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Battle of the Somme

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  1. Battle of the Somme July 1,1916 – November 18,1916 November 18, 1916 July 1st 1916 By: Thomson, Omade, Ben, Gavin

  2. Cause of the Battle • Ruin German defences in the south where French are fighting Germans in Verdun • Help the French by Germans transferring troops from Verdun to Somme so the French would have less soldiers to fight • British were hoping to divert German troops and supplies from the bloodbath at Verdun This map shows where the British and French were Fighting

  3. Through British Eyes • British had a plan called “The Big Push” • German line was guarded by trenches, miles of barbed wires and hundreds of machine guns • British thought colossal firepower would smash through any obstacle • Idea came from French commander Joseph Joffre • Attack accepted by General sir Douglas Haig of the British Expeditionary Force

  4. Plan • Eight-Day preliminary bombardment starting the 24th of June • Below barrage, British planted 21 mines in tunnels that were secretly dug out for months • Bombardment would destroy barbed wires, most German Artillery and kill or wound some soldiers • After, British soldiers would walk across no man’s land • Take possessions of German front lines • Fight off any remaining Germans

  5. Start of the Battle • 7:20 am July 1st 17 mines exploded alerting the Germans • Bombardment has failed and only alerted the Germans the French are coming • Germans were in their dugouts, safe from their bombardments • War started at 7:30 am, 10 minute delay because the mines did not blow up/destroy all the barbed wires • 10 minute delay allowed Germans to prepare November 18, 1916 July 1st 1916 One of the British mines that blew up in German Territory First day of Battle

  6. July 1st,1916 • Many men walked slowly across No Man’s Land • British men had to walk uphill so easy targets for Germans • Easy target for German machine-gunner • British and French troops getting mowed down • British had to keep fighting at the Somme because the French were still struggling in Verdun • 20’000 British troops died that day • Little progress was made on the first day November 18, 1916 July 1st 1916 The British troops walking across No Man’s Land First day of Battle

  7. Newfoundland Regiment • Newfoundland Regiment moved off at 9:15am • Newfoundlanders objective, first and second line of enemy trenches • Started dying, not many at first • More and more dying as they approach first gap in their own wire • Waves and waves of soldiers started dying by German machine-gunner • Over at 9:45 • Attack failed, 710 soldiers killed, missing, or wounded in less than 30 minutes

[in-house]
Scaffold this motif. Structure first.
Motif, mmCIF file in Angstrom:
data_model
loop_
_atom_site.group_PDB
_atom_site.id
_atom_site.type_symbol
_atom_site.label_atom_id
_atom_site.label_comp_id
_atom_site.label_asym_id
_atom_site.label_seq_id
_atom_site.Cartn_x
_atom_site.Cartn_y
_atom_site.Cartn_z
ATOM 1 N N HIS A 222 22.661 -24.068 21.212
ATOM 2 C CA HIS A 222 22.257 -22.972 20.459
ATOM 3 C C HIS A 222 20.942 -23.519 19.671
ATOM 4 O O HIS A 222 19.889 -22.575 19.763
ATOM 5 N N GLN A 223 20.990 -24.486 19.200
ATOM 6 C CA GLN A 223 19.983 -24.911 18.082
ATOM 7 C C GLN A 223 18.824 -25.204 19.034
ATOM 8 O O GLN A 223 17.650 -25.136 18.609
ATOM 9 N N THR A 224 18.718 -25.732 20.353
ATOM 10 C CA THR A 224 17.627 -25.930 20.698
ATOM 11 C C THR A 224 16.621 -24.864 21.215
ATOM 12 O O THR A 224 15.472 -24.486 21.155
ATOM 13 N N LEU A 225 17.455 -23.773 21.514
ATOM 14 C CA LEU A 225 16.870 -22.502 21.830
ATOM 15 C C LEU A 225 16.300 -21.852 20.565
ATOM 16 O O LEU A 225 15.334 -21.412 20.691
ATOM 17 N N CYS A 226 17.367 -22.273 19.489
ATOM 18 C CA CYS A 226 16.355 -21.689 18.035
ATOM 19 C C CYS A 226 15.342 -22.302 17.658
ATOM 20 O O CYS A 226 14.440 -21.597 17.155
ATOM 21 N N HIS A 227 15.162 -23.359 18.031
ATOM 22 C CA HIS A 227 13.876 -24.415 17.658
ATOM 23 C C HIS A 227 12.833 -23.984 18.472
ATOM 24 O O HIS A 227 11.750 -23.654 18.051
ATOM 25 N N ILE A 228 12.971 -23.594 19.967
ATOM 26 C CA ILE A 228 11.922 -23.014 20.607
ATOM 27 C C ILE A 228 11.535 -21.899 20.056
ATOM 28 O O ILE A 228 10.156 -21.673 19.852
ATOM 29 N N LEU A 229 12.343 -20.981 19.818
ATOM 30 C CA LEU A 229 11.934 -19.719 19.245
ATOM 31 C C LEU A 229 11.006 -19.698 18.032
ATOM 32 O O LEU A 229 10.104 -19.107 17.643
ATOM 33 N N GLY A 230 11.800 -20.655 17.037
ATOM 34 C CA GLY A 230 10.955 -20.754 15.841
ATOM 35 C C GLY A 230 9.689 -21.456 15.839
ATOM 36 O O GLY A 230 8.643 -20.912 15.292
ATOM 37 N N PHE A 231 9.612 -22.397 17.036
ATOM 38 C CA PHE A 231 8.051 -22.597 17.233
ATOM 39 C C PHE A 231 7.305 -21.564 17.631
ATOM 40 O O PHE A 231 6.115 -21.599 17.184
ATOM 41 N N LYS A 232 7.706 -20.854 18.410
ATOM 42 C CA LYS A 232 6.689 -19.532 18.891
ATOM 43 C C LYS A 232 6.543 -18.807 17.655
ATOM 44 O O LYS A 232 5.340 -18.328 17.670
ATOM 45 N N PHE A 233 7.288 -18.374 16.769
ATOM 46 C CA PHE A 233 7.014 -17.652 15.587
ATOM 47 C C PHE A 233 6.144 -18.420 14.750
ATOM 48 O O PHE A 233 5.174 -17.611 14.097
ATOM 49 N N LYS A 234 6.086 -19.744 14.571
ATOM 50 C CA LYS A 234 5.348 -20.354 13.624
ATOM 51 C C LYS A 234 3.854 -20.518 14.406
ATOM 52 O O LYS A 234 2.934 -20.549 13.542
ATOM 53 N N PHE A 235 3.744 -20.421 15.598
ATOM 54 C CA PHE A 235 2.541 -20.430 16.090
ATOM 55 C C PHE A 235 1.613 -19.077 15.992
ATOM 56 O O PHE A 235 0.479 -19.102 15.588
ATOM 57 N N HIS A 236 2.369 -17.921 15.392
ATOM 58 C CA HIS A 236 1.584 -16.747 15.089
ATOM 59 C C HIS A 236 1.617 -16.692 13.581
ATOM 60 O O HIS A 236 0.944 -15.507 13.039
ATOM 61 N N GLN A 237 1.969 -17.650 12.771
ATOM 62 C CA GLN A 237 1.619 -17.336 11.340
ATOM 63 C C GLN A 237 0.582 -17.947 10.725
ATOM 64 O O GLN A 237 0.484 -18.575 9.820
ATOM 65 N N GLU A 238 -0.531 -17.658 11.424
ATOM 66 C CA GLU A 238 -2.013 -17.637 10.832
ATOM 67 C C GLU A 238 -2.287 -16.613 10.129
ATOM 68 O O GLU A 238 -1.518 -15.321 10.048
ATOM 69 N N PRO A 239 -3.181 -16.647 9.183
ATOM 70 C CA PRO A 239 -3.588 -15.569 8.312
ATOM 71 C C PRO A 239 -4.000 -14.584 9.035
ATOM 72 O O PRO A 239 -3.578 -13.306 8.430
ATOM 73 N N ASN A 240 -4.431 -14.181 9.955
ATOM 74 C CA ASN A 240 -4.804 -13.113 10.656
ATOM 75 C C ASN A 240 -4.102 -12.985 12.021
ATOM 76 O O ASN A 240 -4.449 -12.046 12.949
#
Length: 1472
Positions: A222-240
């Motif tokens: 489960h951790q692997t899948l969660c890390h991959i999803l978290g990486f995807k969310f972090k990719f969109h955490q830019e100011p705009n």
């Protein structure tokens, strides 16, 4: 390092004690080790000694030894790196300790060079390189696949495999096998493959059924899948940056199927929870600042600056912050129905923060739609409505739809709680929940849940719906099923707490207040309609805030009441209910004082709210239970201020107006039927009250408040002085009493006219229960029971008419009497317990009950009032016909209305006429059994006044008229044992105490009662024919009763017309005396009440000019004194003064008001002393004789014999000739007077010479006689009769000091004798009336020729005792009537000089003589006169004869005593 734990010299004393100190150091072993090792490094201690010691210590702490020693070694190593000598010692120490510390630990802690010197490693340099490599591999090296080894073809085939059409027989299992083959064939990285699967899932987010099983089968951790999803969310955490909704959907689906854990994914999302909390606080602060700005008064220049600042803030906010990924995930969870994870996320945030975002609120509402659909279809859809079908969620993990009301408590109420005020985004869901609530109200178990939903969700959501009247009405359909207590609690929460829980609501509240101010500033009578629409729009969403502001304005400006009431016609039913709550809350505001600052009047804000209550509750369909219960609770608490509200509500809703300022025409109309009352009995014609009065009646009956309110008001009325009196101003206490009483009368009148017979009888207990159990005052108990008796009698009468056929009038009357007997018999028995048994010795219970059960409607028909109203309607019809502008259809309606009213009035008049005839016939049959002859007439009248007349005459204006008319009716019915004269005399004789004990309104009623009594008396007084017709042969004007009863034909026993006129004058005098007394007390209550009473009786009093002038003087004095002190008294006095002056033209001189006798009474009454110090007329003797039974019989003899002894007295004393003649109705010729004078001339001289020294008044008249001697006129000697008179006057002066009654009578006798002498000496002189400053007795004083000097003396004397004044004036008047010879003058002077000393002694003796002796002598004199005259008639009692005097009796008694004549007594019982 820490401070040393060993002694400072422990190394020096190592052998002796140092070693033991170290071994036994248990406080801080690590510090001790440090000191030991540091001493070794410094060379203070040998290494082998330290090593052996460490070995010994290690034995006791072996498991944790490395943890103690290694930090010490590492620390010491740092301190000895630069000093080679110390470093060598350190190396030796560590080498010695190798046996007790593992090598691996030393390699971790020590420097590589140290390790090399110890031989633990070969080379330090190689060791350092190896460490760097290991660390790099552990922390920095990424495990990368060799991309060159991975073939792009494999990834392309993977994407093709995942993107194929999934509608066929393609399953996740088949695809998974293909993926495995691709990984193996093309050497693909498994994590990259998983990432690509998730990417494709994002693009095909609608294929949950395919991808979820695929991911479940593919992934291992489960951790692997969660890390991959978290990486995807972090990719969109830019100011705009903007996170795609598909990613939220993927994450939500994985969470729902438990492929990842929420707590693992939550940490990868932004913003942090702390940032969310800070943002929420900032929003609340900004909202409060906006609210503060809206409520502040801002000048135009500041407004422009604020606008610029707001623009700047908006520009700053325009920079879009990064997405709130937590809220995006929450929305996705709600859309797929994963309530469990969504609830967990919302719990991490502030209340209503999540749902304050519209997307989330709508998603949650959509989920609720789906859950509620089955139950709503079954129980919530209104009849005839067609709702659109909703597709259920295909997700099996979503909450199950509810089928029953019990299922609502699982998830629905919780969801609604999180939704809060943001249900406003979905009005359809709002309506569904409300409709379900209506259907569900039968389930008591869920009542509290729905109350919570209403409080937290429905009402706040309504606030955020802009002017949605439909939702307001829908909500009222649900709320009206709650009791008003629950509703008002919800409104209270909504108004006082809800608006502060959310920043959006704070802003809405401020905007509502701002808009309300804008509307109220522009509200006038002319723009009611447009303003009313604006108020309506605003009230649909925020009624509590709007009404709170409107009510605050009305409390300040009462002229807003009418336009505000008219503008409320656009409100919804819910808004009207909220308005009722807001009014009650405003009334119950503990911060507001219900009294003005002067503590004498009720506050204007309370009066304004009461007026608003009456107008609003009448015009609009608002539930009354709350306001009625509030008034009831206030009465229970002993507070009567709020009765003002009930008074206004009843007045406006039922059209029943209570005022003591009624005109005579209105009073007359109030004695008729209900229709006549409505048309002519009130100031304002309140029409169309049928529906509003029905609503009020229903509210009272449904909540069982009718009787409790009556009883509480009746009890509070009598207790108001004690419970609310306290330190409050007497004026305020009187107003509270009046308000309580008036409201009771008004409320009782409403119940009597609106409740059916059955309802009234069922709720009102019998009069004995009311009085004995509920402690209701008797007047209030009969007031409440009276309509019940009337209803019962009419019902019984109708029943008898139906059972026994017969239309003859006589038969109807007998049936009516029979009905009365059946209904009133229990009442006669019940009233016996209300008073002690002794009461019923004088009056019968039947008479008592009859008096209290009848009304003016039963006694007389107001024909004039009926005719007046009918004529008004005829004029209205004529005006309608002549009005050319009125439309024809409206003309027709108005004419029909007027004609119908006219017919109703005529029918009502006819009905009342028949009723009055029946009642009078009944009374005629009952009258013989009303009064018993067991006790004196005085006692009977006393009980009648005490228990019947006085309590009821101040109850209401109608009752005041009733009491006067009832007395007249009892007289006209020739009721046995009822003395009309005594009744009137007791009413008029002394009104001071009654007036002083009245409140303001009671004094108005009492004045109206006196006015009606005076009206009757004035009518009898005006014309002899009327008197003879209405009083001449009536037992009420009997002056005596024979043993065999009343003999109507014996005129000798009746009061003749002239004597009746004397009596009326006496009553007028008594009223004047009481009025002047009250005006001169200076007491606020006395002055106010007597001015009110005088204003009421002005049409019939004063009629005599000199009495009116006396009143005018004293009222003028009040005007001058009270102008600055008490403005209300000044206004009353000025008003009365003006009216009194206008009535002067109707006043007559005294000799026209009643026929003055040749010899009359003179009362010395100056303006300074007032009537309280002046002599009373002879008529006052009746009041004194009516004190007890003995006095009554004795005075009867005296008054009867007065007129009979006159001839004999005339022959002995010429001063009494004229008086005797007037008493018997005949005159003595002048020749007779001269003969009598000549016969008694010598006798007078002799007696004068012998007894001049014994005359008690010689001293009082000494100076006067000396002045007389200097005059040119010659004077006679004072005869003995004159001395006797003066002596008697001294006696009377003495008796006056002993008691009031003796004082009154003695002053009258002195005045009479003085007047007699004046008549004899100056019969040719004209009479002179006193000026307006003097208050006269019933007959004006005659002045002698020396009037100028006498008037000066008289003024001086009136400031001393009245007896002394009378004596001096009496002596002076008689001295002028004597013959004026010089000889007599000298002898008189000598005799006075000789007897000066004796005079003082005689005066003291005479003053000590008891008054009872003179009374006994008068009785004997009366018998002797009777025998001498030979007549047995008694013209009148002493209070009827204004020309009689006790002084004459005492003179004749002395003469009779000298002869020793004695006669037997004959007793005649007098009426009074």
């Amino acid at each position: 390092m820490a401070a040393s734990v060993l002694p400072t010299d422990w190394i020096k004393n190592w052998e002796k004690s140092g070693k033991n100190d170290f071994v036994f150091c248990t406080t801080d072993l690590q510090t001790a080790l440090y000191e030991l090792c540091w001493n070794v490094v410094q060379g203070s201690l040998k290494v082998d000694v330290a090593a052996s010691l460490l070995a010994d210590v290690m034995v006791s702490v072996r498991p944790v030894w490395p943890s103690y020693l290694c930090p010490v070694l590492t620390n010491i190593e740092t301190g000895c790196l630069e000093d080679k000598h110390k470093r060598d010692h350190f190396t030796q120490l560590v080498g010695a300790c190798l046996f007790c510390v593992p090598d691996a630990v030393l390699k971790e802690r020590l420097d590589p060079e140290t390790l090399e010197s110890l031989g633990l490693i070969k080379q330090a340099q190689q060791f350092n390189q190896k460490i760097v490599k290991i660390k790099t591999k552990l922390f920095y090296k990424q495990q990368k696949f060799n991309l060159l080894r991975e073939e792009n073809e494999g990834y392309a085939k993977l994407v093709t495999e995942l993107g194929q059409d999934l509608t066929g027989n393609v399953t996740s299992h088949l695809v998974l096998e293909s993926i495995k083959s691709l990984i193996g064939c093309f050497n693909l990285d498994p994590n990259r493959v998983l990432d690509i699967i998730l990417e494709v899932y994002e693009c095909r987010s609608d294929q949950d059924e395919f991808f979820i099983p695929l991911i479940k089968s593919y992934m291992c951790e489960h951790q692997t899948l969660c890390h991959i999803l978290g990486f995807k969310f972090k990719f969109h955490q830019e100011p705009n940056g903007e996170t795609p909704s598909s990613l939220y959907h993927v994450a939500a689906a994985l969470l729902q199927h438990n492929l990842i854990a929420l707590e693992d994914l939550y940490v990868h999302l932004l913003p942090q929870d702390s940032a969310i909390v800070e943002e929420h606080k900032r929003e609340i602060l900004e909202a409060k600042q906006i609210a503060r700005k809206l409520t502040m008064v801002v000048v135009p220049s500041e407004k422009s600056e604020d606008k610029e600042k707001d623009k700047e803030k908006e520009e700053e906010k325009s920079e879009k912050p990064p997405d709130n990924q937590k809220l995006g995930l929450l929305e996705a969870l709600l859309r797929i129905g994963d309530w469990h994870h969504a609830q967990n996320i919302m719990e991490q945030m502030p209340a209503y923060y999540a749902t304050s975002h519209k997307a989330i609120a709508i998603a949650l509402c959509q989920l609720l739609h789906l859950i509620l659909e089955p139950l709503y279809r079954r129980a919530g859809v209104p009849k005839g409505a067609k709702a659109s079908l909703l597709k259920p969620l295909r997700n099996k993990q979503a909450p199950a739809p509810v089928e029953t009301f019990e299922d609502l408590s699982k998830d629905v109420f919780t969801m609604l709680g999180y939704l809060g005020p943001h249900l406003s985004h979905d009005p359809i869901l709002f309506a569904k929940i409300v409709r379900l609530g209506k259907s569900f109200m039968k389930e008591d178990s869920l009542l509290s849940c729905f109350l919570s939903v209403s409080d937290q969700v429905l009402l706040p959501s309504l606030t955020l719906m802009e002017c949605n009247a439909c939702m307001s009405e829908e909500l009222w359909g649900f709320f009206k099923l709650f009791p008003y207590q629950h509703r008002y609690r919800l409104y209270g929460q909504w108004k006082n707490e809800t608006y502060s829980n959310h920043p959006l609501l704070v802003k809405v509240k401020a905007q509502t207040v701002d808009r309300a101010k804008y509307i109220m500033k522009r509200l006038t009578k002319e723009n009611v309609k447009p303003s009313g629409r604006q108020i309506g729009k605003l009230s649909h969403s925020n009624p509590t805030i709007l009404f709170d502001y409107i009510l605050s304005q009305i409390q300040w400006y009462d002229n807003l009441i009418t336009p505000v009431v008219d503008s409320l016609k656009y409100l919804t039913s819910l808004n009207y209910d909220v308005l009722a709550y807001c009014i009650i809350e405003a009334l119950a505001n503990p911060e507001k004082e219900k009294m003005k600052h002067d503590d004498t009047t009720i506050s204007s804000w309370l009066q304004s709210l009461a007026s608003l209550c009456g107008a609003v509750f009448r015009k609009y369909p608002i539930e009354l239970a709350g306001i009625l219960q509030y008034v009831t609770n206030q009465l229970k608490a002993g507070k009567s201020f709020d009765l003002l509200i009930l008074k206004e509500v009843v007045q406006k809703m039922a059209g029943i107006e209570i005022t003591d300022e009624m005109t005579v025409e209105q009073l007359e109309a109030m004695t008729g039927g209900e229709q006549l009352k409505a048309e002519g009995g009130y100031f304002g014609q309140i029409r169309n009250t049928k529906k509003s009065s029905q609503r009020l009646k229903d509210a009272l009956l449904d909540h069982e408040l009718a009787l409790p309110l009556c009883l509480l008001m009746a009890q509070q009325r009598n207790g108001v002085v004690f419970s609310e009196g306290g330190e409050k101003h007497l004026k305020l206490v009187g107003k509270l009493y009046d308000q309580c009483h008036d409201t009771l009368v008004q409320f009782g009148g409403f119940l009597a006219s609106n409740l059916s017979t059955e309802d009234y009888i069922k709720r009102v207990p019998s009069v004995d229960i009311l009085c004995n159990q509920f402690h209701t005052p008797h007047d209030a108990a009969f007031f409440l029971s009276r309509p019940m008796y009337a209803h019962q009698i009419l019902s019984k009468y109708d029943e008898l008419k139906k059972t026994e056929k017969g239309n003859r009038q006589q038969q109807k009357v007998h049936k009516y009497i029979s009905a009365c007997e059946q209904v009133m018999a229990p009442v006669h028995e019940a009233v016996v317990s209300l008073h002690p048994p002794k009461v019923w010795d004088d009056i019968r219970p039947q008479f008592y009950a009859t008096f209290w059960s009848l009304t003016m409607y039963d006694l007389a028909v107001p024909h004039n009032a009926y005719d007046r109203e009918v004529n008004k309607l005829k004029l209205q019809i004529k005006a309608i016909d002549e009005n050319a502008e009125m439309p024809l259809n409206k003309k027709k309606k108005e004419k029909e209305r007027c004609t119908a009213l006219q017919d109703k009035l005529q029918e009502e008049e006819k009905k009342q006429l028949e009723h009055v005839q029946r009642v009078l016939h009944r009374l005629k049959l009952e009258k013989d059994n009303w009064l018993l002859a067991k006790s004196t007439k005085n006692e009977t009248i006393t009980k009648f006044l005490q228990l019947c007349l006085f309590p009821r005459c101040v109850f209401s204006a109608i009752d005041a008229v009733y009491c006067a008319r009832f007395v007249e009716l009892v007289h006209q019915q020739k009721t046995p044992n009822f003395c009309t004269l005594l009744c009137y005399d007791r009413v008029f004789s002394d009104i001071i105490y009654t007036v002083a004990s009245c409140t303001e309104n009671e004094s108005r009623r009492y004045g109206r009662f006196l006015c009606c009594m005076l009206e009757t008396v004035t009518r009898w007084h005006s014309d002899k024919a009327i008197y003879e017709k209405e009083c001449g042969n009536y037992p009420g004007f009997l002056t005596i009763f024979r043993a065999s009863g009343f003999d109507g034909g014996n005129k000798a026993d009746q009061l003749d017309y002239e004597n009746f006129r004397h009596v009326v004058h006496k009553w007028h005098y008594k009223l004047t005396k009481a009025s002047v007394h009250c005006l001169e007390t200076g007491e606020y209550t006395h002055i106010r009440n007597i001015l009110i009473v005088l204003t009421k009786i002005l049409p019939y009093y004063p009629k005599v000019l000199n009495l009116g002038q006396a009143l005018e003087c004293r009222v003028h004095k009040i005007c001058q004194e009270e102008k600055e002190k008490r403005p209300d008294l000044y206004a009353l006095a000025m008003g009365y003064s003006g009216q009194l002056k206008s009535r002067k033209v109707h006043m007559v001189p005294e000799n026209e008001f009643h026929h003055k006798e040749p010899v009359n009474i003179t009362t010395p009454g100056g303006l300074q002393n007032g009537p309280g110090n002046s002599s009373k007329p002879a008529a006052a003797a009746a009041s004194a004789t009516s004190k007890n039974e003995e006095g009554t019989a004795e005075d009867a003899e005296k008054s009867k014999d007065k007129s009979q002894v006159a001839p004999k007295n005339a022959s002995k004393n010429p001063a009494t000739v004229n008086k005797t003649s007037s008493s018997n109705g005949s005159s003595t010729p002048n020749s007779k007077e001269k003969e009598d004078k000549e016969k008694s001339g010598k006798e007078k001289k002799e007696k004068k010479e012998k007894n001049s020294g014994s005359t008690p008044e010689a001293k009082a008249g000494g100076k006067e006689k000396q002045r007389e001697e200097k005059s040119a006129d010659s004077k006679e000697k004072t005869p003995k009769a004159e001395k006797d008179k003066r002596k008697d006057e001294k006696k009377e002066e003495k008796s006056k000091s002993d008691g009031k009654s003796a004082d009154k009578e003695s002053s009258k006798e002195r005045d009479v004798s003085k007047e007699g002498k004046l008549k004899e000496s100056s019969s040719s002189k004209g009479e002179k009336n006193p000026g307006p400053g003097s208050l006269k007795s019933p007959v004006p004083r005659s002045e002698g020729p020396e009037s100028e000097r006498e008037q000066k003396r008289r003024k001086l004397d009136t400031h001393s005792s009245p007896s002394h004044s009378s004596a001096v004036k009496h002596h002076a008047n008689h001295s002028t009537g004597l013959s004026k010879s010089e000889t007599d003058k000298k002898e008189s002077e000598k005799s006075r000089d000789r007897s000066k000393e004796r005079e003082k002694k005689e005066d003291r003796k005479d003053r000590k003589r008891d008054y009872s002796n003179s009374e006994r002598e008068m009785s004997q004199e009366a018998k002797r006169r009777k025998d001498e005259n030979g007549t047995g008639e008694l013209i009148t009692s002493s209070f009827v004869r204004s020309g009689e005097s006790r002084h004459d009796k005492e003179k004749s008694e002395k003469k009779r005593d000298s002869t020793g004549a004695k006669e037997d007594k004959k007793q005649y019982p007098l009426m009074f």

8. September, 1916 • Early September, French Tenth Army joined the attack • Battle of Flers-Courcelette started 15th of September • Tanks were introduced during this battle • Tanks rolled out at 6:20am • Surprised the Germans • 50 tanks in total and only 24 participating tanks due to mechanical issues • Captured Courcelette and Martinpuich • Gained under a kilometre of land September 15, 1916 November 18, 1916 July 1st 1916 First day of Battle Tanks were introduced

  9. September, 1916 Cont. British tanks rolled out in September 15. September 29, 1916 newspaper article from Essex Free Press

  10. Weapons • Tanks • For first time in WW1, tanks were used in Somme • Needed 3 crew men to operate • Very slow, maximum speed is 3 mph • Could not go over trenches • Machine Guns • Needed 4-6 men to operate • Had to be put in flat surface • 1 machine gun had the fire power of 100 guns • Used by both Germans and British Gas-masked men of the British Machine Gun Corps with a Vickers machine gun

  11. October/November, 1916 • French forces were gaining ground in Verdun • November, 13 BEF (British Expeditionary Forces) attempted final effort in Battle of the Ancre • Went very well • Captured field fortress of Beaument-Hamel September 15, 1916 November 18, 1916 November 13, 1916 October 1916 July 1st 1916 First day of Battle Tanks were introduced Captured Beaument-Hamel French gaining ground in Verdun

  12. Battle of the Somme ending • Battle ended due to the weather • One of the coldest years in France • Snow stopped Somme offensive at November 18th • British gained 6 km of ground but at a great cost • 420’000 British Casualties • 200’000 French Casualties • 500’000 German Casualties

  13. Timeline September 15, 1916 November 18, 1916 November 13, 1916 October 1916 July 1st 1916 End of Battle First day of Battle Tanks were introduced Captured Beaument-Hamel French gaining ground in Verdun

  14. Bibliography • http://news2.ourontario.ca/93370/page/3?n=3&q=battle%20of%20the%20somme&docid=OOI.93370 - newspaper • Brown, Malcolm. The Imperial War Museum Book of the Somme. London: Pan Books, 1997. Book • Brocklehurst, Ruth, and Henry Brook. The Usborne Introduction to the First World War. London: Usbourne, 2007. Book • http://www.historyonthenet.com/WW1/weapons.htm - website • http://rfrazer.homestead.com/files/somme-attackfilm.jpg - picture no mans land • http://www.history.army.mil/documents/wwi/82div/map1.JPG - map picture • http://www.aaia.com.au/pedro/ww1/mine.jpg - Hawthorn Crater Explosion • http://wio.ru/tank/ww1t/mark1.jpg - Tank picture • http://www.independent.co.uk/multimedia/archive/00260/Pg-02-Great-War-2-g_260718s.jpg - Machine gun picture • Duffy, Michael. "First World War.com - Battles - The Battle of the Somme, 1916." First World War.com - A Multimedia History of World War One. Firstworldwar, 22 Aug. 2009. Web. 05 Oct. 2011. <http://www.firstworldwar.com/battles/somme.htm>.